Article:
How Do I Make Sure My Baby Is Not Being Affected By Gestational Diabetes?

Affected by Gestational Diabetes?

Affected by Gestational DiabetesAs a future mom, it is common for you to worry about the health of your baby even if the little one is still in your womb. Thus, when your obstetrician broke the news to you about your gestational diabetes condition, you might have immediately thought about the effects that this condition may have on your baby. This concern is nothing but normal, and this is a question that is frequently asked by mothers about their condition. Are there adverse effects on my baby and if so, is there something that I can do about it?

Is My Baby Affected by Gestational Diabetes?

Because your baby is inside your body, there will certainly be risks posed on your baby while you have gestational diabetes. Although there is a barrier created by the placenta between the mother and the baby so that certain substances and bacteria affecting the mother will not affect the baby, this barrier does not protect the baby from the effects of gestational diabetes. Glucose can still cross the barrier, since the baby’s nutrition depends on the mother. In addition, the baby’s pancreas is not yet mature enough to produce enough insulin, so any excess of glucose can be pretty detrimental to the baby.

If gestational diabetes remains uncontrolled, your baby may accumulate fats around the trunk and shoulders because of the excess glucose coming from the mother. Hence, vaginal delivery might become impossible, so you will either have to subject yourself to a caesarean section, or deliver the baby prematurely because he is already too big to be in your womb.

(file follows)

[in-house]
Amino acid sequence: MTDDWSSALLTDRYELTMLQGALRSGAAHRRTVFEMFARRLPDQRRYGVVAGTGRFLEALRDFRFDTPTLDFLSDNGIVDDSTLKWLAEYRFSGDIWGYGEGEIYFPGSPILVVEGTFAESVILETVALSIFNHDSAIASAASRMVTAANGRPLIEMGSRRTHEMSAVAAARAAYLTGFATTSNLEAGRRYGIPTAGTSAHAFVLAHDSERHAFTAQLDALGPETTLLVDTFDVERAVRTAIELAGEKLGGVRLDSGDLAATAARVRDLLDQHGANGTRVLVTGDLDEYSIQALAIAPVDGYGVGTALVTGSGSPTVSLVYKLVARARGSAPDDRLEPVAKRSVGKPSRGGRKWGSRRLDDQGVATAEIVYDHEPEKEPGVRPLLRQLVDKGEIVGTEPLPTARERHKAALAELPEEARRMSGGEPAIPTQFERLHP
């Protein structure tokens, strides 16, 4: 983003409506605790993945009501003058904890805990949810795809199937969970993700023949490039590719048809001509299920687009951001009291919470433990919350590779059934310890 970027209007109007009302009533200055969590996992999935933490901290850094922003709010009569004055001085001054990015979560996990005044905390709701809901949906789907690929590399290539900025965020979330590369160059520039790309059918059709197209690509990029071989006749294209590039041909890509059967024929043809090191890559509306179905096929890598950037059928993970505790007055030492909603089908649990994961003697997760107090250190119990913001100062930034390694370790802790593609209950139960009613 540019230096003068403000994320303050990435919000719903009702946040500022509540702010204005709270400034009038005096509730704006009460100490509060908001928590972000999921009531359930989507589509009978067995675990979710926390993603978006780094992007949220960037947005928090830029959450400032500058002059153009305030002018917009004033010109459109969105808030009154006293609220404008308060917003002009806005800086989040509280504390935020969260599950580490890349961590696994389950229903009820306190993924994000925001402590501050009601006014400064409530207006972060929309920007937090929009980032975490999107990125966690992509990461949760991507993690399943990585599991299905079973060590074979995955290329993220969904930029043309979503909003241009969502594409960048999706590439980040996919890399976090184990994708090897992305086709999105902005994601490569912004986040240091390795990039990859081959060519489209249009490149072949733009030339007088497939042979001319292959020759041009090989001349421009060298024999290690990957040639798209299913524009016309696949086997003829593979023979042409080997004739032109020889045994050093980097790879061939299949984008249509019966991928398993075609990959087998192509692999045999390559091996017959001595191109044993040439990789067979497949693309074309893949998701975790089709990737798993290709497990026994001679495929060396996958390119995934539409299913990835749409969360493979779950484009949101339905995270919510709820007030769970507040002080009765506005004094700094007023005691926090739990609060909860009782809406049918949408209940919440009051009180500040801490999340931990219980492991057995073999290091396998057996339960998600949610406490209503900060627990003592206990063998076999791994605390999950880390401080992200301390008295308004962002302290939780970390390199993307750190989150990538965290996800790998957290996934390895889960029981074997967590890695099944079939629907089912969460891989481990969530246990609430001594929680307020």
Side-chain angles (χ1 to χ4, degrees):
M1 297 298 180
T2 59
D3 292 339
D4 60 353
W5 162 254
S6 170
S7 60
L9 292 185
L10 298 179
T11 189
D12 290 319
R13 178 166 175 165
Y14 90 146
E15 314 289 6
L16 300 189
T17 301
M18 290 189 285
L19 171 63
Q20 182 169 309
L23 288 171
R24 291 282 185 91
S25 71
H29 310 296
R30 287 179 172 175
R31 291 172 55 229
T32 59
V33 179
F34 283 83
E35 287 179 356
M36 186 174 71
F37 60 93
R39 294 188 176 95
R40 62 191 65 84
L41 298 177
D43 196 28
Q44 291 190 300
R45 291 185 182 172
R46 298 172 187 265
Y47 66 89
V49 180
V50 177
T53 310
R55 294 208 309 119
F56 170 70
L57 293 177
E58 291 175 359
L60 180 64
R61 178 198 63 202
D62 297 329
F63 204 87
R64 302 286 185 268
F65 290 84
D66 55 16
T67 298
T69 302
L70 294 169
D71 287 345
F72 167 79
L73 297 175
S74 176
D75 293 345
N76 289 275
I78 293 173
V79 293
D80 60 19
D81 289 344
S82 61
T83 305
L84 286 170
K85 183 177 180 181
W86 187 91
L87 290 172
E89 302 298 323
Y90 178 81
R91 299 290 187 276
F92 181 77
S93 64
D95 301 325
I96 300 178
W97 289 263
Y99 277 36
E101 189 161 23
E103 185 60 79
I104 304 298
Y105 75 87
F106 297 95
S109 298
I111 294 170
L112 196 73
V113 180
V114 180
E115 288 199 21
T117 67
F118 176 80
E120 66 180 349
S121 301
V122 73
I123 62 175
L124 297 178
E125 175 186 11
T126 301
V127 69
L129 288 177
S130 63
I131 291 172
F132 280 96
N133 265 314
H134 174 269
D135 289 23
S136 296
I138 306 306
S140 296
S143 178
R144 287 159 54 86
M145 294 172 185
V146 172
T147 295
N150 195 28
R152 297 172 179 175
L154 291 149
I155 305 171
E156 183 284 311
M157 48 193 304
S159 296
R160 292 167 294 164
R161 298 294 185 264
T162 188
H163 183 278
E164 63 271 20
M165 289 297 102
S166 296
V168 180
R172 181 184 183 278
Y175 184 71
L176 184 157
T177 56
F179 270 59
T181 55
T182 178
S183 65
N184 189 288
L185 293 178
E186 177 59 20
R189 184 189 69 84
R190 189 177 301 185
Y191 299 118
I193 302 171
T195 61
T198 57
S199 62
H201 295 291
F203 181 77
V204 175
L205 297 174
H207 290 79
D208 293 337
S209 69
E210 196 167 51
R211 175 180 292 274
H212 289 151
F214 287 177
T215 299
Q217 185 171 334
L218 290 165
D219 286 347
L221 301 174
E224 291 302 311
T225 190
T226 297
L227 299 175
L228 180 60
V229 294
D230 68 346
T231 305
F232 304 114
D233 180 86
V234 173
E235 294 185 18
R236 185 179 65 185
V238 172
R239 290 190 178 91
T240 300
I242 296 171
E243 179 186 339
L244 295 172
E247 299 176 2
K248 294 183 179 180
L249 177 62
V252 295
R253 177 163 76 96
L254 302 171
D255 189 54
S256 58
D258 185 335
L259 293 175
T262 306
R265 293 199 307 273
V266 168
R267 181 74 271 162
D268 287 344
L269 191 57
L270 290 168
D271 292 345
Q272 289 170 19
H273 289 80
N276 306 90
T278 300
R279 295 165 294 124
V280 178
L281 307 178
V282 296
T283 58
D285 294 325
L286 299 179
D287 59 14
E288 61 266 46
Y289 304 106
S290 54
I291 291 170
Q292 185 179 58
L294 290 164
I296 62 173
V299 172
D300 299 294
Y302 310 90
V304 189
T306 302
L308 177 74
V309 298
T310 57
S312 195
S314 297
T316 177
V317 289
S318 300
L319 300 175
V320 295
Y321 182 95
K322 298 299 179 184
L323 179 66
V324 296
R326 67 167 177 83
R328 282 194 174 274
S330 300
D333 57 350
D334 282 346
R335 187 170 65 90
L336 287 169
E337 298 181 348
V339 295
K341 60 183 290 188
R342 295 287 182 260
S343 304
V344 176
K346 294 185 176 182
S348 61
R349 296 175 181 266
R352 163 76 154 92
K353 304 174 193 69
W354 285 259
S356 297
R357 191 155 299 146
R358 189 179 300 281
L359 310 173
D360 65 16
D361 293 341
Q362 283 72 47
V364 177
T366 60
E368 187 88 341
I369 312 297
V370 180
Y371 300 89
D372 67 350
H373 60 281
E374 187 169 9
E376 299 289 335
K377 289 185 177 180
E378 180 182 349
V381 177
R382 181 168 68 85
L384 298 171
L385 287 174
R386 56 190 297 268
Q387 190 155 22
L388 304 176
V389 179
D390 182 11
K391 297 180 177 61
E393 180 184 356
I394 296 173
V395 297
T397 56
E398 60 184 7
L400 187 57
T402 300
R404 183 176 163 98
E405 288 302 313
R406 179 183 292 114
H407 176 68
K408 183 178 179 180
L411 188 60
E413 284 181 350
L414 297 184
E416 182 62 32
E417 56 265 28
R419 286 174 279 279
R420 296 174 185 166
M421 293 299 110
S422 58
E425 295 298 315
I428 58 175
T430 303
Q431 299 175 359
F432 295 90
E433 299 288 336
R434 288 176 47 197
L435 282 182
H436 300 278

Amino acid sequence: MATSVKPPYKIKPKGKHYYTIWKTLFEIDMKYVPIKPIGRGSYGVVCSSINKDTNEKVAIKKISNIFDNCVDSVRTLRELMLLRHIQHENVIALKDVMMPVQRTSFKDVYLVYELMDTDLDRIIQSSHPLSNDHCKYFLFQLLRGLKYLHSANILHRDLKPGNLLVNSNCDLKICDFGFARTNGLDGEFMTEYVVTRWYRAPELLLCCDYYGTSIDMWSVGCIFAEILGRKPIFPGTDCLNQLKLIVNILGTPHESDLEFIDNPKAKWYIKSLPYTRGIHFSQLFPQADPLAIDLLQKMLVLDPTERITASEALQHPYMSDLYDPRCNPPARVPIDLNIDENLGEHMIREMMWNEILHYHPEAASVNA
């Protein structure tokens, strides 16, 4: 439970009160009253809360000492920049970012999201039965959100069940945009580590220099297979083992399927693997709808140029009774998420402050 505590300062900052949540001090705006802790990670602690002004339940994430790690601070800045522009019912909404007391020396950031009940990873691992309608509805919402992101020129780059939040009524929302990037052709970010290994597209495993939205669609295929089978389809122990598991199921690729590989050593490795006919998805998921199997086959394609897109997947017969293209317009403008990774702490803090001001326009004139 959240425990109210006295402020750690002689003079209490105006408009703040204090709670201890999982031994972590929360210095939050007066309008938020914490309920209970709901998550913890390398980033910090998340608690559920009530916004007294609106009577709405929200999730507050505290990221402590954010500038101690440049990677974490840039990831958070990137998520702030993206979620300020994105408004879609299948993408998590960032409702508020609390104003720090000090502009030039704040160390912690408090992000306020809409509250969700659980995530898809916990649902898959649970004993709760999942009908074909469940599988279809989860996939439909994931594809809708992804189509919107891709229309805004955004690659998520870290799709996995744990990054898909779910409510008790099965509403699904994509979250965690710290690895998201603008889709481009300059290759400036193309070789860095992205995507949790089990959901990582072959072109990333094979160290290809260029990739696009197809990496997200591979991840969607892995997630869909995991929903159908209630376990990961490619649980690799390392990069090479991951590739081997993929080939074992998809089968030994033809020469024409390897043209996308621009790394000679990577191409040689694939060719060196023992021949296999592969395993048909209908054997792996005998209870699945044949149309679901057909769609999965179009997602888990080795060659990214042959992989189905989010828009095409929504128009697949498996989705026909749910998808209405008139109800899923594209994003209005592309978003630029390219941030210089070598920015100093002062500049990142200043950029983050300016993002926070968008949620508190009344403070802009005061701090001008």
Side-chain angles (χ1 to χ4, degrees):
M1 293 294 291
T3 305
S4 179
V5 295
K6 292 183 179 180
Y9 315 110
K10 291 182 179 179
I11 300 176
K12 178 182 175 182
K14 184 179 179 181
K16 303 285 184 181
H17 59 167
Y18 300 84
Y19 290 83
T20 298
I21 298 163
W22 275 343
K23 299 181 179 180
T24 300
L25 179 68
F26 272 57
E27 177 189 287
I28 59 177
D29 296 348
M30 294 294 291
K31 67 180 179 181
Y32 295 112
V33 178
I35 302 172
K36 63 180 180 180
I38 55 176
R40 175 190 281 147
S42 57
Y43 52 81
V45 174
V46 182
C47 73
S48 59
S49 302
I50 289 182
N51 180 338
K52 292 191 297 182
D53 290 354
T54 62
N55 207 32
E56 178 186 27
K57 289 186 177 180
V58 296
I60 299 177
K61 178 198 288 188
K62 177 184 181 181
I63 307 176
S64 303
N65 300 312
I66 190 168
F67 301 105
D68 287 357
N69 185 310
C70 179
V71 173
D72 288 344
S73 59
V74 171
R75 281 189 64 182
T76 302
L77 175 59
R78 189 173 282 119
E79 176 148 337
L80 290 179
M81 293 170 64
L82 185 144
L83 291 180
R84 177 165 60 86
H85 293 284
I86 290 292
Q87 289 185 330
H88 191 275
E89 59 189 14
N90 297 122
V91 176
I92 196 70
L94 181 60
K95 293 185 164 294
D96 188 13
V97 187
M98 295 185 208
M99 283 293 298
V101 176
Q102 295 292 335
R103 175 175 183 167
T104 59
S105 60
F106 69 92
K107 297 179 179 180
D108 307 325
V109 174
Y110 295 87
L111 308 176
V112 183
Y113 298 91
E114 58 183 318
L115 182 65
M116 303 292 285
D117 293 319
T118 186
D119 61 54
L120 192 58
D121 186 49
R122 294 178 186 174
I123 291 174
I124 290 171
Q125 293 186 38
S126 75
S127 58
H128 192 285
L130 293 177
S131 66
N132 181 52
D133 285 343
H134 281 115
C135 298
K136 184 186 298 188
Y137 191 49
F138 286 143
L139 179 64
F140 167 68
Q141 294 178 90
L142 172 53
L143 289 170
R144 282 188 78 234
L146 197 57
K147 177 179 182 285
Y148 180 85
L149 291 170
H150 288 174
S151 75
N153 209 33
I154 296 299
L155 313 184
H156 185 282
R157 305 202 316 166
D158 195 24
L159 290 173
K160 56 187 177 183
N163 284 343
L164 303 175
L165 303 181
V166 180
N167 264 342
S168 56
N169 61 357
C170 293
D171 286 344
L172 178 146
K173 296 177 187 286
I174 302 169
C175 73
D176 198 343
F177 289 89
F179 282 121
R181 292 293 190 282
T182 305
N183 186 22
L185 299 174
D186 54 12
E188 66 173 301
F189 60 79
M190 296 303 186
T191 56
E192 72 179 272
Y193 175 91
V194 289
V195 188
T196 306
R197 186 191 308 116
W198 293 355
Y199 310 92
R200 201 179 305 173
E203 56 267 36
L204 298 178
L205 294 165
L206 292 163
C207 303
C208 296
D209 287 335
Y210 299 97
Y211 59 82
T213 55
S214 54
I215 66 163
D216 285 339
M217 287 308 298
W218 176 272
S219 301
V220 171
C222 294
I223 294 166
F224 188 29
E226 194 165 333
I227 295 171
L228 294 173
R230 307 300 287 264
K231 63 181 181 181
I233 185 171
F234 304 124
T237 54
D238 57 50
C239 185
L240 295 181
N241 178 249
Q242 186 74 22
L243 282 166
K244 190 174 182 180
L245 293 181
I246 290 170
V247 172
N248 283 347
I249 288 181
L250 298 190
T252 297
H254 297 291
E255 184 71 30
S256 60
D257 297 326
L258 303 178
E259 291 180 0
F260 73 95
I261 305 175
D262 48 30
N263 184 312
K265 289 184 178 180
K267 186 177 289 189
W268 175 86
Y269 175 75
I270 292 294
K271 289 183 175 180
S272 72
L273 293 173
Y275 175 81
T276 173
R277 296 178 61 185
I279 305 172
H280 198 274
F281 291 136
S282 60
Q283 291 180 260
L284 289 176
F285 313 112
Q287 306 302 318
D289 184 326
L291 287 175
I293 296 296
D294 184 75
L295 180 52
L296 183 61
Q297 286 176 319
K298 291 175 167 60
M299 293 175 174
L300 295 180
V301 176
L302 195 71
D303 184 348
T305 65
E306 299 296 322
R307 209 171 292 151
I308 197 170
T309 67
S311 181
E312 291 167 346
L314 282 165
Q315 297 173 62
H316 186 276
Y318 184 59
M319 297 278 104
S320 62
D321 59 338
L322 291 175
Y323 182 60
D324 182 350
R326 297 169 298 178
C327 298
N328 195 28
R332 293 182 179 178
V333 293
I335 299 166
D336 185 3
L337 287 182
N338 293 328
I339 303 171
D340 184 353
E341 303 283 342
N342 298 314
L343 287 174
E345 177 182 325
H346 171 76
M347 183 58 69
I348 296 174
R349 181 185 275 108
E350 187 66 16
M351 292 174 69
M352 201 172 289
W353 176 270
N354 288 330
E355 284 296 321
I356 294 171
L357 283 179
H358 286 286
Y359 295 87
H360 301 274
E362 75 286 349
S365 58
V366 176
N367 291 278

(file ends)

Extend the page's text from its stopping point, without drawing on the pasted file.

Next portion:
If you still try to deliver your baby vaginally, shoulder fracture might occur. Since your baby also go used to high amounts of glucose when he was still in the womb, the baby’s pancreas might continue to produce a lot of insulin even after birth, so that baby gets the risk of developing hypoglycemia or low blood sugar after birth. Studies also show that babies born of gestational diabetics have a higher risk of developing type 2 diabetes mellitus later in life.

How Can I Prevent My Condition from Affecting My Baby? Affected by Gestational Diabetes

The only way that you can prevent the aforementioned complications is to control your blood glucose levels throughout your pregnancy. Gestational diabetics need more prenatal checkups compared to other women who have normal pregnancies.

Your obstetrician might subject you to several tests to determine whether or not your baby is having problems related to your gestational diabetes. An ultrasound can show the growth and development of your baby, letting you know whether or not your baby is growing too fast because of high levels of blood sugar in your bloodstream.

A non-stress test can also be done to see if your baby’s heart rate is normal, hence letting the doctors assess the health of your baby. This test is usually done towards the end of pregnancy. Fetal monitoring will also be done during labor and delivery so as to determine the indications of distress caused by gestational diabetes.

In order to know more about the effects of diabetes on both mothers and babies and what you can do to prevent or minimize them, please sign up for our newsletter.  Look for my book on gestational diabetes meal plans and recipes here on Amazon!  A complete meal plan and recipes.

About Mathea

Thanks for listening, I am a registered dietitian who had gestational diabetes and I want to help you find your way through this tough time. I have written several books and I have a book on Amazon about Gestational Diabetes Meal Plans.

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